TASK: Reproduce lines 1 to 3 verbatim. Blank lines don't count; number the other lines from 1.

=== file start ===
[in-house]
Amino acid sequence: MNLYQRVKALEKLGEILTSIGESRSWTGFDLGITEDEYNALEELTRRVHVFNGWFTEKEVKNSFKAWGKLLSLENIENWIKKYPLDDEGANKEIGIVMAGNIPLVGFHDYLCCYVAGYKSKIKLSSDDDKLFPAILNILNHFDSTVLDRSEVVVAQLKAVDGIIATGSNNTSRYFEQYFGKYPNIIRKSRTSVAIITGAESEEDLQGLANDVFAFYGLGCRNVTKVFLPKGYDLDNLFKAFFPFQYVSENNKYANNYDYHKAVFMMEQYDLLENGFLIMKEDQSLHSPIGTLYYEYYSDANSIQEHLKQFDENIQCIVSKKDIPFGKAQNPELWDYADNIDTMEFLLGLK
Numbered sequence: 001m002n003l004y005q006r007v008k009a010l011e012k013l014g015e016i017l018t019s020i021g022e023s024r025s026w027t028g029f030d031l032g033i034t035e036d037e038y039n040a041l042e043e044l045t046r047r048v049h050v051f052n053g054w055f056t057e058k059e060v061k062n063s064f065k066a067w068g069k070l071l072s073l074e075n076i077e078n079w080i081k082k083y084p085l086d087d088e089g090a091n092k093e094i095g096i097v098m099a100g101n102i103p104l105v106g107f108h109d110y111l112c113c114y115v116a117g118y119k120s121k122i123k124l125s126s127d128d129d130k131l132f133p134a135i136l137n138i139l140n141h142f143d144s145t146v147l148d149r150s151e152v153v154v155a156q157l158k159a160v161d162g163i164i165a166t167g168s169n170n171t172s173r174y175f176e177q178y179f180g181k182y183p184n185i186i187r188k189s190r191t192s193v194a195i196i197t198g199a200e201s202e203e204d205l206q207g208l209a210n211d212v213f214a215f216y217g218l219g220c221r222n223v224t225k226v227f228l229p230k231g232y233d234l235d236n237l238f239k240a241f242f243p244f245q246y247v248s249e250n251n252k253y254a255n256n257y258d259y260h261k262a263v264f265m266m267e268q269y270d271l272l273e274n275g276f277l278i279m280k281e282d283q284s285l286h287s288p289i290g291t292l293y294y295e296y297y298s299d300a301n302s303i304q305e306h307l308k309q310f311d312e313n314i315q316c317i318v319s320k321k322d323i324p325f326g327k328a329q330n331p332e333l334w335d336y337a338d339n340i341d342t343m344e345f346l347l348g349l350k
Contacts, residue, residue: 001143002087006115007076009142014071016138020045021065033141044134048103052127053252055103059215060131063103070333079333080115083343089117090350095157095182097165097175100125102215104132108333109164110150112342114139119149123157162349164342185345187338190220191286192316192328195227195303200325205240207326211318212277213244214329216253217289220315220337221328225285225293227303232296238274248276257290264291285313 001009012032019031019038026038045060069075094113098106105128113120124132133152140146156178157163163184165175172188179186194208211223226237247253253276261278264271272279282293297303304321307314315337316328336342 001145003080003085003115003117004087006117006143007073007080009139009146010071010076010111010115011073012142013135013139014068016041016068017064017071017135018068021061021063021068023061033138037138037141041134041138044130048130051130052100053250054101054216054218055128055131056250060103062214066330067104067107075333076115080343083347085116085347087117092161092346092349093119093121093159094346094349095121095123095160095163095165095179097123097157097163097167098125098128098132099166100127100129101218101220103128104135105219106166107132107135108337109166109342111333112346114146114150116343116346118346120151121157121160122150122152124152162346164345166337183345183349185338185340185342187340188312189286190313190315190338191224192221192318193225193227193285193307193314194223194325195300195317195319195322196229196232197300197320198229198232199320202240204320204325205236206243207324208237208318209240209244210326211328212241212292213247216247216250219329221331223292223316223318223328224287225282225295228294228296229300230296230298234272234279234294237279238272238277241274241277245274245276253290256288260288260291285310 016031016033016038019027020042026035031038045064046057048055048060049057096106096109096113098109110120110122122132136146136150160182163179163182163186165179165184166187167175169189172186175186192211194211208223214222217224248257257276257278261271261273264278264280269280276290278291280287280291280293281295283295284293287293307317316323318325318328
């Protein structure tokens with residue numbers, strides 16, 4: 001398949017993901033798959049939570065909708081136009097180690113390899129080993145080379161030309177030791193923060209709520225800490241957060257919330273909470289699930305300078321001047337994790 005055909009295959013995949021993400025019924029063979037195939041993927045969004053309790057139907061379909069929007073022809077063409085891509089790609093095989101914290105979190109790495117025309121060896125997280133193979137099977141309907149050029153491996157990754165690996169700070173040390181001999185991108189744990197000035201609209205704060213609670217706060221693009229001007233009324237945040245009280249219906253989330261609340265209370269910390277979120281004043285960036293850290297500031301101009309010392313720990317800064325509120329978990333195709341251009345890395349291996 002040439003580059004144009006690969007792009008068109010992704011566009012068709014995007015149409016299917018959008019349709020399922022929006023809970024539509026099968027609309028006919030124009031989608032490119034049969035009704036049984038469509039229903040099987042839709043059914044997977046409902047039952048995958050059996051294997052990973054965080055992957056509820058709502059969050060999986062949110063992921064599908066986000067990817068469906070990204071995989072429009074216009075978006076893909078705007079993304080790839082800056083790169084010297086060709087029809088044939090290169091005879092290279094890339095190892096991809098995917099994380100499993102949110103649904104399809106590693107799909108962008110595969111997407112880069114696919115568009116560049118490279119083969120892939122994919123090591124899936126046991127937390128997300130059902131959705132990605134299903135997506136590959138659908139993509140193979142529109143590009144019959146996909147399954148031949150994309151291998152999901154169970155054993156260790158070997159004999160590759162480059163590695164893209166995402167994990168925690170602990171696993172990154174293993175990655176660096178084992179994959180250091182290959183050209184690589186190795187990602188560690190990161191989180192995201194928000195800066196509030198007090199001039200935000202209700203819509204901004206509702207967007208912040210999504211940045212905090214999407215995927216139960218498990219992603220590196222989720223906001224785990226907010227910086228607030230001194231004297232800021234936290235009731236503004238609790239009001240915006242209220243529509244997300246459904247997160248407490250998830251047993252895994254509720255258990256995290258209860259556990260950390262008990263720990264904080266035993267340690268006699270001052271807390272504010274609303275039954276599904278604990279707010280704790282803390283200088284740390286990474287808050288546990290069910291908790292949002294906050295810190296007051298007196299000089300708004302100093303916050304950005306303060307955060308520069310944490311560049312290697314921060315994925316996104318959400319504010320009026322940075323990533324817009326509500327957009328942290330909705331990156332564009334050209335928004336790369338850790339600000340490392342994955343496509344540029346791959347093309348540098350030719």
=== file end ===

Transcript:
[in-house]
Amino acid sequence: MNLYQRVKALEKLGEILTSIGESRSWTGFDLGITEDEYNALEELTRRVHVFNGWFTEKEVKNSFKAWGKLLSLENIENWIKKYPLDDEGANKEIGIVMAGNIPLVGFHDYLCCYVAGYKSKIKLSSDDDKLFPAILNILNHFDSTVLDRSEVVVAQLKAVDGIIATGSNNTSRYFEQYFGKYPNIIRKSRTSVAIITGAESEEDLQGLANDVFAFYGLGCRNVTKVFLPKGYDLDNLFKAFFPFQYVSENNKYANNYDYHKAVFMMEQYDLLENGFLIMKEDQSLHSPIGTLYYEYYSDANSIQEHLKQFDENIQCIVSKKDIPFGKAQNPELWDYADNIDTMEFLLGLK
Numbered sequence: 001m002n003l004y005q006r007v008k009a010l011e012k013l014g015e016i017l018t019s020i021g022e023s024r025s026w027t028g029f030d031l032g033i034t035e036d037e038y039n040a041l042e043e044l045t046r047r048v049h050v051f052n053g054w055f056t057e058k059e060v061k062n063s064f065k066a067w068g069k070l071l072s073l074e075n076i077e078n079w080i081k082k083y084p085l086d087d088e089g090a091n092k093e094i095g096i097v098m099a100g101n102i103p104l105v106g107f108h109d110y111l112c113c114y115v116a117g118y119k120s121k122i123k124l125s126s127d128d129d130k131l132f133p134a135i136l137n138i139l140n141h142f143d144s145t146v147l148d149r150s151e152v153v154v155a156q157l158k159a160v161d162g163i164i165a166t167g168s169n170n171t172s173r174y175f176e177q178y179f180g181k182y183p184n185i186i187r188k189s190r191t192s193v194a195i196i197t198g199a200e201s202e203e204d205l206q207g208l209a210n211d212v213f214a215f216y217g218l219g220c221r222n223v224t225k226v227f228l229p230k231g232y233d234l235d236n237l238f239k240a241f242f243p244f245q246y247v248s249e250n251n252k253y254a255n256n257y258d259y260h261k262a263v264f265m266m267e268q269y270d271l272l273e274n275g276f277l278i279m280k281e282d283q284s285l286h287s288p289i290g291t292l293y294y295e296y297y298s299d300a301n302s303i304q305e306h307l308k309q310f311d312e313n314i315q316c317i318v319s320k321k322d323i324p325f326g327k328a329q330n331p332e333l334w335d336y337a338d339n340i341d342t343m344e345f346l347l348g349l350k